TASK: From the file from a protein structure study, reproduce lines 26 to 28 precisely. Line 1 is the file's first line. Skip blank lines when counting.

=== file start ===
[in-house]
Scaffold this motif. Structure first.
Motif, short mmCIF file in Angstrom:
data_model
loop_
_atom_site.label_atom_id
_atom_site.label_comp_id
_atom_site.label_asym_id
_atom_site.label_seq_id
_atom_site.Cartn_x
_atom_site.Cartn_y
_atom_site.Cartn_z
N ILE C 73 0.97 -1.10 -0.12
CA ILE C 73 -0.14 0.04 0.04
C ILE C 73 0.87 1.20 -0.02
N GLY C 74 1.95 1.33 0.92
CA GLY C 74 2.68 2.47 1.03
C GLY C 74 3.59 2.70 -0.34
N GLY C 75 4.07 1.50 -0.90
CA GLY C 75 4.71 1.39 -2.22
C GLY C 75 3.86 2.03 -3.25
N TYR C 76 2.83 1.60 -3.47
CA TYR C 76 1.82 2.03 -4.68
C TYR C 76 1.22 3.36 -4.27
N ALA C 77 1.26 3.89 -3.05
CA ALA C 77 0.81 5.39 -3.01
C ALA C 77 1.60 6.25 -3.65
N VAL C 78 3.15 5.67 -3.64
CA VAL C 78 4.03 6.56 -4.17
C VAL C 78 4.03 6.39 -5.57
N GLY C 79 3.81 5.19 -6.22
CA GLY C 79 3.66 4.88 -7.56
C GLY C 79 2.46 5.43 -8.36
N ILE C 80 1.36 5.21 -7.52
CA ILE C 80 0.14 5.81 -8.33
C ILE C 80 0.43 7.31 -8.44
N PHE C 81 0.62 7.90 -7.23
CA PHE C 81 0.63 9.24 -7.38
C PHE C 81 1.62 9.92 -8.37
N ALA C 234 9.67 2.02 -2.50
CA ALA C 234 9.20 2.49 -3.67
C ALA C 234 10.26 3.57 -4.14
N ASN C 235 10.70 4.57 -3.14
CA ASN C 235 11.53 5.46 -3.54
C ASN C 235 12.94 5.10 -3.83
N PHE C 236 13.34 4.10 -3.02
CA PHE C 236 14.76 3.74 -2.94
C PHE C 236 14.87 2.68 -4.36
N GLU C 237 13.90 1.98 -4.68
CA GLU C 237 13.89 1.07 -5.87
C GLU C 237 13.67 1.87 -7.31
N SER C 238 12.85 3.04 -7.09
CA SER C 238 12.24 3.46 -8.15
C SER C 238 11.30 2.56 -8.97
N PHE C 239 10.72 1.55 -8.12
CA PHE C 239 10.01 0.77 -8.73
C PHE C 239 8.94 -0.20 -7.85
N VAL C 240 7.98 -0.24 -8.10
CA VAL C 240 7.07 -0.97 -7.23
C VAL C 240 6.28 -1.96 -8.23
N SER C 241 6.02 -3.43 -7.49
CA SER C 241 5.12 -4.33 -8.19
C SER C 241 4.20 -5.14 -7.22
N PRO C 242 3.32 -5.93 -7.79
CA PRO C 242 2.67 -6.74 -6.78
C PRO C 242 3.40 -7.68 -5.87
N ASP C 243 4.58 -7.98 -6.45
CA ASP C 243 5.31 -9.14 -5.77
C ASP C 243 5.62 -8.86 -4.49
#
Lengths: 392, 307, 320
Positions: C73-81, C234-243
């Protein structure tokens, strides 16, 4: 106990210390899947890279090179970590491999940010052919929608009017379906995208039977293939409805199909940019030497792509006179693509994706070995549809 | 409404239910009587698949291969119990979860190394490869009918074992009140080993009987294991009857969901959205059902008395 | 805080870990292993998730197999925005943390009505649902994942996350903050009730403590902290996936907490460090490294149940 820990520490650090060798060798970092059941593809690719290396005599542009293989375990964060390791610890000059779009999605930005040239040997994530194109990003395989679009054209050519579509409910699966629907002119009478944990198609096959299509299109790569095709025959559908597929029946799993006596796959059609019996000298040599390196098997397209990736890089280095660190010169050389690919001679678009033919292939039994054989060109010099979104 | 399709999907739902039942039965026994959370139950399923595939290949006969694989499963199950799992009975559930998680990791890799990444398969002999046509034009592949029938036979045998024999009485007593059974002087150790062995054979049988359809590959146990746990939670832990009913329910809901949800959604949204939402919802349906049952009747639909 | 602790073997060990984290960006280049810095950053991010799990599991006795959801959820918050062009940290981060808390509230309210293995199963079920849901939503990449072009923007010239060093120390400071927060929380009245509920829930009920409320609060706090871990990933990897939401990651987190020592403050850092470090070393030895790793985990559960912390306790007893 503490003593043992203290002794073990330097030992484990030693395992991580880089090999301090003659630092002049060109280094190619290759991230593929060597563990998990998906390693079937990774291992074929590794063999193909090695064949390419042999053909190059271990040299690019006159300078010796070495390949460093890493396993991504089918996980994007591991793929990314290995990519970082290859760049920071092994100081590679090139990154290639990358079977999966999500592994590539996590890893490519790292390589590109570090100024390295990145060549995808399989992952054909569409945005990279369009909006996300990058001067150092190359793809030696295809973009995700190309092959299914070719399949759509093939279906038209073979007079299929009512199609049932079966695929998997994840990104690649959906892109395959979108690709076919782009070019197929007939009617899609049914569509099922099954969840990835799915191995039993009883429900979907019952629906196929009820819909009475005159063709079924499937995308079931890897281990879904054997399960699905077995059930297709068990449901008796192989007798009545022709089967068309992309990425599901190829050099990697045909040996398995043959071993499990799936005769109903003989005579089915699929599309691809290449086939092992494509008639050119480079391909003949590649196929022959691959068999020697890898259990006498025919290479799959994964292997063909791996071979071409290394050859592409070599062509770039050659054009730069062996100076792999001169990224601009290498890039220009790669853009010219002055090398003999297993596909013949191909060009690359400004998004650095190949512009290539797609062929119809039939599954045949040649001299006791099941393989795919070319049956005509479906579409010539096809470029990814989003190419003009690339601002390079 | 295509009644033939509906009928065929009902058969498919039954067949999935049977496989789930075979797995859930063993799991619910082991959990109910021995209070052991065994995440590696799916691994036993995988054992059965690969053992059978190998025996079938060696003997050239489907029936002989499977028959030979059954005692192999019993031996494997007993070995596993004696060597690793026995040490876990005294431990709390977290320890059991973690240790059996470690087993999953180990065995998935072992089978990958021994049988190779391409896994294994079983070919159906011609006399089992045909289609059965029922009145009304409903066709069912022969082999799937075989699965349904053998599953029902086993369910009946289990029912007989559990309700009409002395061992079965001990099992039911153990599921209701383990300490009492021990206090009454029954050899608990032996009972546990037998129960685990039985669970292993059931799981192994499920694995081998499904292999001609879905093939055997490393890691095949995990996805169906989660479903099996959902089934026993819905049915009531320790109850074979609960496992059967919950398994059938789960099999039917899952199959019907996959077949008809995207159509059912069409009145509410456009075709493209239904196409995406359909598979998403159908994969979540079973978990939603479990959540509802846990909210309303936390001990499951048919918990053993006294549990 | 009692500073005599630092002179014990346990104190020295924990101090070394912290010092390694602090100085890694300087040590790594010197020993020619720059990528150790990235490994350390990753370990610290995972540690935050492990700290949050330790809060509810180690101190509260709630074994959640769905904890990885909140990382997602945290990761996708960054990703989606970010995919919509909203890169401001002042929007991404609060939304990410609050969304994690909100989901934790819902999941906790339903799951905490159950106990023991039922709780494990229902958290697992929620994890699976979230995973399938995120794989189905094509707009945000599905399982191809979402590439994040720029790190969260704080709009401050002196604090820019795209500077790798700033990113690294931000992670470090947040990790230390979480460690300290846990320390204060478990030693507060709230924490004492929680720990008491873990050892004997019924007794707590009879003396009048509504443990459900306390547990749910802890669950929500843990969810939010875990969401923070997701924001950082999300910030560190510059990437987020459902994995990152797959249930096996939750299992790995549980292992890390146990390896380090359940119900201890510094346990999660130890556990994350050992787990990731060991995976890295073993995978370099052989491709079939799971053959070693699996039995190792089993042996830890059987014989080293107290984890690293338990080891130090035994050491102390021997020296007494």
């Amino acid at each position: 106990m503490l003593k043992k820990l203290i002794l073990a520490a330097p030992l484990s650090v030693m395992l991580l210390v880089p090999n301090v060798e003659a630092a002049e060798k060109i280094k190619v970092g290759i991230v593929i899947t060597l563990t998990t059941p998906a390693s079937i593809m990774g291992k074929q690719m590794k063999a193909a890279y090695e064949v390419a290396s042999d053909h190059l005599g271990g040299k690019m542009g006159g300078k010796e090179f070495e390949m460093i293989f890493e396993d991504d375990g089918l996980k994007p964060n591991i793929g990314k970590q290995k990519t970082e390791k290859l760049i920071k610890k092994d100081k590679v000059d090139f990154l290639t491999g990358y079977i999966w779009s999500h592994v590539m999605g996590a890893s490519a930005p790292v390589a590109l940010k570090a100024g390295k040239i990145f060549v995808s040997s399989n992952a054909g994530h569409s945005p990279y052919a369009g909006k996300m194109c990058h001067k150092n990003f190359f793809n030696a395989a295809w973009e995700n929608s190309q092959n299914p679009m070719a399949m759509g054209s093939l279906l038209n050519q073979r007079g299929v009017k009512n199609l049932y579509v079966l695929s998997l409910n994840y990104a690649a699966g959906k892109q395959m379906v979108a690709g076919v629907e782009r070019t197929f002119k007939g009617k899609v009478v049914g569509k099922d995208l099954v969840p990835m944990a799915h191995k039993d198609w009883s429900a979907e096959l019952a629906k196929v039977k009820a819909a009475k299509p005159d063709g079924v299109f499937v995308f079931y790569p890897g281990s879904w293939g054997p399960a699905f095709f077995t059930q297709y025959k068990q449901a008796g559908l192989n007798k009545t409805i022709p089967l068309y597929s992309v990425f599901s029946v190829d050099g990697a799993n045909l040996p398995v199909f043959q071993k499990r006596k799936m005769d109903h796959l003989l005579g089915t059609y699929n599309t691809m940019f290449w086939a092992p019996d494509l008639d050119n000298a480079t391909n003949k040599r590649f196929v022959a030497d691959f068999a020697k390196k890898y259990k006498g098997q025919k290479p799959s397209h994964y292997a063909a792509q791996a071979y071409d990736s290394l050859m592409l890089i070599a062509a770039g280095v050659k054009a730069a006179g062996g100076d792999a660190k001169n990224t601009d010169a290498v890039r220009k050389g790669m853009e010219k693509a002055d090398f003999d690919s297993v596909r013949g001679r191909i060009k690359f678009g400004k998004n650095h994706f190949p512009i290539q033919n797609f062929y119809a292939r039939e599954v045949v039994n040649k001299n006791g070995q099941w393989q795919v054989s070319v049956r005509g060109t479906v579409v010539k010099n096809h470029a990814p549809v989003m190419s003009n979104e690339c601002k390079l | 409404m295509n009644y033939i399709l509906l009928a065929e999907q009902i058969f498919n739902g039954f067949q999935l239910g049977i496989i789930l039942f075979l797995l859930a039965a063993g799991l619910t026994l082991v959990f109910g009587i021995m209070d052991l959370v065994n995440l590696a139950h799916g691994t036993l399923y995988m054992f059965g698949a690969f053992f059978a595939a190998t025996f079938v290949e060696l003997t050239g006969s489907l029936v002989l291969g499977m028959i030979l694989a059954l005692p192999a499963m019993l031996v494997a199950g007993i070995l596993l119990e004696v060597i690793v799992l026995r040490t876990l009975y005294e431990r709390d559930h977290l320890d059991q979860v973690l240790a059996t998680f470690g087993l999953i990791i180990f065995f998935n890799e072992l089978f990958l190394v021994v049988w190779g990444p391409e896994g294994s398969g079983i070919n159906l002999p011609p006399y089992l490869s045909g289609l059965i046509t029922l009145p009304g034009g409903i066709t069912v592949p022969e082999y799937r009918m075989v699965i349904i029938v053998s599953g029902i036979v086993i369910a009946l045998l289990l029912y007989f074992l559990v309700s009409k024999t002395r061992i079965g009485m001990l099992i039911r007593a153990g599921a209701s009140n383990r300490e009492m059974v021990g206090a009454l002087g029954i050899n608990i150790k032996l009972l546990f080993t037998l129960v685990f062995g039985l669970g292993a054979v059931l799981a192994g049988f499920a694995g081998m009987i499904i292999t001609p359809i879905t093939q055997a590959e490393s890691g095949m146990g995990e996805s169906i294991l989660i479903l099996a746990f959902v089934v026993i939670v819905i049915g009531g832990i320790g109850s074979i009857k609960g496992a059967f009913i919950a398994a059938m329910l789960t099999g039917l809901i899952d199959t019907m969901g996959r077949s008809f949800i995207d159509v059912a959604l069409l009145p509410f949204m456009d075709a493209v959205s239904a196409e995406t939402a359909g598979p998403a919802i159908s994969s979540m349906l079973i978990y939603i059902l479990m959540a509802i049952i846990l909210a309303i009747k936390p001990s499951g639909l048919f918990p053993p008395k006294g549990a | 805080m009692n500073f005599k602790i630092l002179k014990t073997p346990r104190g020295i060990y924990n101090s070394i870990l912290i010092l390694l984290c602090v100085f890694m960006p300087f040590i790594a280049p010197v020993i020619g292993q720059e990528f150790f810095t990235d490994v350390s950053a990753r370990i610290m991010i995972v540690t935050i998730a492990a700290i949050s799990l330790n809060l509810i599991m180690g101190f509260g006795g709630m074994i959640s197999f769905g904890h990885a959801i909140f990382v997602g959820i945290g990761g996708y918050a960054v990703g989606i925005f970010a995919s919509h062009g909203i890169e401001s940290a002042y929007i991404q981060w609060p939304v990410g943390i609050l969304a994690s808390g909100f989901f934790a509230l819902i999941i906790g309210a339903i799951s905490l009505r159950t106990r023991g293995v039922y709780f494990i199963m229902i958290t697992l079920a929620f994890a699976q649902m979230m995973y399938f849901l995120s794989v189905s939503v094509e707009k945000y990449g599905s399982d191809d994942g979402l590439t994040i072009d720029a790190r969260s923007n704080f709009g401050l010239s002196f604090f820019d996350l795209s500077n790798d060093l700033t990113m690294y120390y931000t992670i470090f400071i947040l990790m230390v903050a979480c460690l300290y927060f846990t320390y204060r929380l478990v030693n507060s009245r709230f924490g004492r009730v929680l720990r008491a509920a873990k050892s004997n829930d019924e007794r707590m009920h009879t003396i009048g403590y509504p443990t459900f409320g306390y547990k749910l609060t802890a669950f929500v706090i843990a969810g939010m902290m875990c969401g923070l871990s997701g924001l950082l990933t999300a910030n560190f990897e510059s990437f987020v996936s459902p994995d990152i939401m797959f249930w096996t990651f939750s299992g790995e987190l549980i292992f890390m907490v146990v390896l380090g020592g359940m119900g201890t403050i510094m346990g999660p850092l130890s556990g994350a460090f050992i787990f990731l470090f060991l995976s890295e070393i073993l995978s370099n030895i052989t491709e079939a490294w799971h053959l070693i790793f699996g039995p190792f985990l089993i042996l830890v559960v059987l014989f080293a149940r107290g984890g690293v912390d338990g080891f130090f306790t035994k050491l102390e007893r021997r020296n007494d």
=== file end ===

CA ALA C 77 0.81 5.39 -3.01
C ALA C 77 1.60 6.25 -3.65
N VAL C 78 3.15 5.67 -3.64